Mortgage delinquency rates plunge to lowest levels since GFC
Colorado and Alaska have the fewest delinquencies and New Jersey and Mississippi have the highest rates.
The national rate of seriously delinquent mortgages has fallen to its lowest level since the global financial crisis of 2008, with the fewest occurring in Colorado and Alaska, according to new data released this week.
The Consumer Financial Protection Bureau (CFPB) launched a new Mortgage Performance Trends tool which provides up-to-date tracking data on a range of different mortgage delinquency rates across the United States.
A delinquent mortgage is a home loan for which the borrower has failed to make required payments. If the borrower can’t make these payments within a certain period, the lender may begin foreclosure proceedings.
The national rate of seriously delinquent mortgages peaked at 4.9% in 2010. As of March 2017, the rate had dropped to just 1.1%, the lowest recorded level since the global financial crisis (GFC) of 2008.
In a state-by-state breakdown, Colorado (0.5%) and Alaska (0.5%) have the fewest serious delinquencies.
New Jersey (2.1%) and Mississippi (2.1%) have the highest rates of delinquencies of more than 90 days. For delinquencies less than 90 days, Mississippi (4.3%) has the highest rate, while Washington (1%) has the lowest.
To offer some context, at the peak of the financial crisis in 2008, both California (7.5%) and Arizona (7.6%) had incredibly high rates of serious delinquencies. Both now enjoy rates at below 1%. In Nevada (10.7%) more than one in ten mortgages were serious delinquent. Now the state’s rate sits at 1.2%, near the national average.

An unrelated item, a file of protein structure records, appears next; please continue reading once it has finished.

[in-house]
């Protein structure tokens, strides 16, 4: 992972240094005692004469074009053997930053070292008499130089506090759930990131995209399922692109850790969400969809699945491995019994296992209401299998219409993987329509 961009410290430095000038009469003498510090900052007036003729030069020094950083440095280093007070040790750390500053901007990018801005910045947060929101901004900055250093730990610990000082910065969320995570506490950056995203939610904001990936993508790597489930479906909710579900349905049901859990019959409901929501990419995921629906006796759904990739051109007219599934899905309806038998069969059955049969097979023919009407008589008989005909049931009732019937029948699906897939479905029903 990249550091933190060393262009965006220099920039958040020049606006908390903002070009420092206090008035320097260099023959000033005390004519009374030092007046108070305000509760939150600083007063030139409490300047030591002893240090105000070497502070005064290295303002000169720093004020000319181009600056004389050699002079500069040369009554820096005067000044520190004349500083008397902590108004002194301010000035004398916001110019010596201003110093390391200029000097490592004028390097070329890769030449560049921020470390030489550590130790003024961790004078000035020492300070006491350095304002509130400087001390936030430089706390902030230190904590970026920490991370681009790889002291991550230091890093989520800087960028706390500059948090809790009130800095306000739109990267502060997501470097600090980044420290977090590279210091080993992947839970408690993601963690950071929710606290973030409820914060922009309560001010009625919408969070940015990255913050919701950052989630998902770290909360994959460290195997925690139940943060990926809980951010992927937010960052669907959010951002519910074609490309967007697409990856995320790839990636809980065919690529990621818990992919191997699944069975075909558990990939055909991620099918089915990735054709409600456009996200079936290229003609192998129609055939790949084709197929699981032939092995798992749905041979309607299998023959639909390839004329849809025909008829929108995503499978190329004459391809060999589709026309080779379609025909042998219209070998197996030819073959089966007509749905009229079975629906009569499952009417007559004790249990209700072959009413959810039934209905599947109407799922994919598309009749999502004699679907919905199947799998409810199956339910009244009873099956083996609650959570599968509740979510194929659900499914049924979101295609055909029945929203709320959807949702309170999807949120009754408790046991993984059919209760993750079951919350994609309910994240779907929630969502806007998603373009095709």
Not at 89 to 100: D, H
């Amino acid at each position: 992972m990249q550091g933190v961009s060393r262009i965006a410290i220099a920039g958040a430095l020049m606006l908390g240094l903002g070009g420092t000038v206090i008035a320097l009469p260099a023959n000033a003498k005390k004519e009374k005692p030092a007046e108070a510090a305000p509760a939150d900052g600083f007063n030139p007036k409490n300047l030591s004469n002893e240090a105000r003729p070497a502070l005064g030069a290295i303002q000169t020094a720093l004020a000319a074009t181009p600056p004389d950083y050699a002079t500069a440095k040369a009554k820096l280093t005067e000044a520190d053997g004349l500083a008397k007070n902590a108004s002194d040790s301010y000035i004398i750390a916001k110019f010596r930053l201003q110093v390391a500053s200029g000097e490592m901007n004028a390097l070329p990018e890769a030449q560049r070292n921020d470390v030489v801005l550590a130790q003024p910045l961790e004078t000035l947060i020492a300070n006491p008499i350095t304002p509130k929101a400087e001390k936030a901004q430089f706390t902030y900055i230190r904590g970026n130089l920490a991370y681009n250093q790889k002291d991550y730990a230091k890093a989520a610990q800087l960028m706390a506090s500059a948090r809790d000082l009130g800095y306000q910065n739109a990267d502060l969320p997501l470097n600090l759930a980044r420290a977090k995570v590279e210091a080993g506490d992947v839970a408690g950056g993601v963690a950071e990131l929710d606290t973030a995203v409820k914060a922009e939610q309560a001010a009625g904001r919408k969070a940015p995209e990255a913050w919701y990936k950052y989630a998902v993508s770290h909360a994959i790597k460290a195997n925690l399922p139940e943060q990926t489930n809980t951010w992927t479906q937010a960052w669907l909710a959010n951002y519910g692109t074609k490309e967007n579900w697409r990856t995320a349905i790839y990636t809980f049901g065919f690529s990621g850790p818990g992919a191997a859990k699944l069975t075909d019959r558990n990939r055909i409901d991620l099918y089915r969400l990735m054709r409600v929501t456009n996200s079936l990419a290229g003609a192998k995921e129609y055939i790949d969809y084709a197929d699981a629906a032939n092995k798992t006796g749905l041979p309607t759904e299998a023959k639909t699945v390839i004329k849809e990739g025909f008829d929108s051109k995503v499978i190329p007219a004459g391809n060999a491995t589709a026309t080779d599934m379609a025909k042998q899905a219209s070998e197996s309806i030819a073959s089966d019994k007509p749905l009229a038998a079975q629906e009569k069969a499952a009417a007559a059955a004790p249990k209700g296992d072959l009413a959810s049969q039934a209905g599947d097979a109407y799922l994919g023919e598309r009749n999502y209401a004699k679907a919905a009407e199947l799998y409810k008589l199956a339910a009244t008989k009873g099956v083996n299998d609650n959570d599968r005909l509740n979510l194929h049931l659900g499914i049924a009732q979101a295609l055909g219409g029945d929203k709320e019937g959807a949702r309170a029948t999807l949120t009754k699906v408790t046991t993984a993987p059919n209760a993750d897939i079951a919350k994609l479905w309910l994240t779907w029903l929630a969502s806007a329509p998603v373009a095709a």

The Mortgage Performance Trends tool sources information from the National Mortgage Database, launched by the CFPB and Federal Housing Finance Agency in 2012 to expose mortgage and housing trends.
30-89 day mortgage delinquency rate can be an early indicator of mortgage market health. 90-day mortgage delinquency rates can reveal more severe economic distress.
“Measuring the number of consumers who have fallen behind on their mortgage payments is a telling barometer of the health of mortgage markets locally and nationally,” CFPB director Richard Cordray said.
A recent research report has discovered a record-low level of housing supply and increasing price growth across the United States is restricting the number of first-home buyers entering the real estate marketplace.
After five years of study, the CFPB is striking back against “debt traps”, regulating against the most harmful portion of quick and easy payday loans. However, consumers still have options to take out short-term loans.
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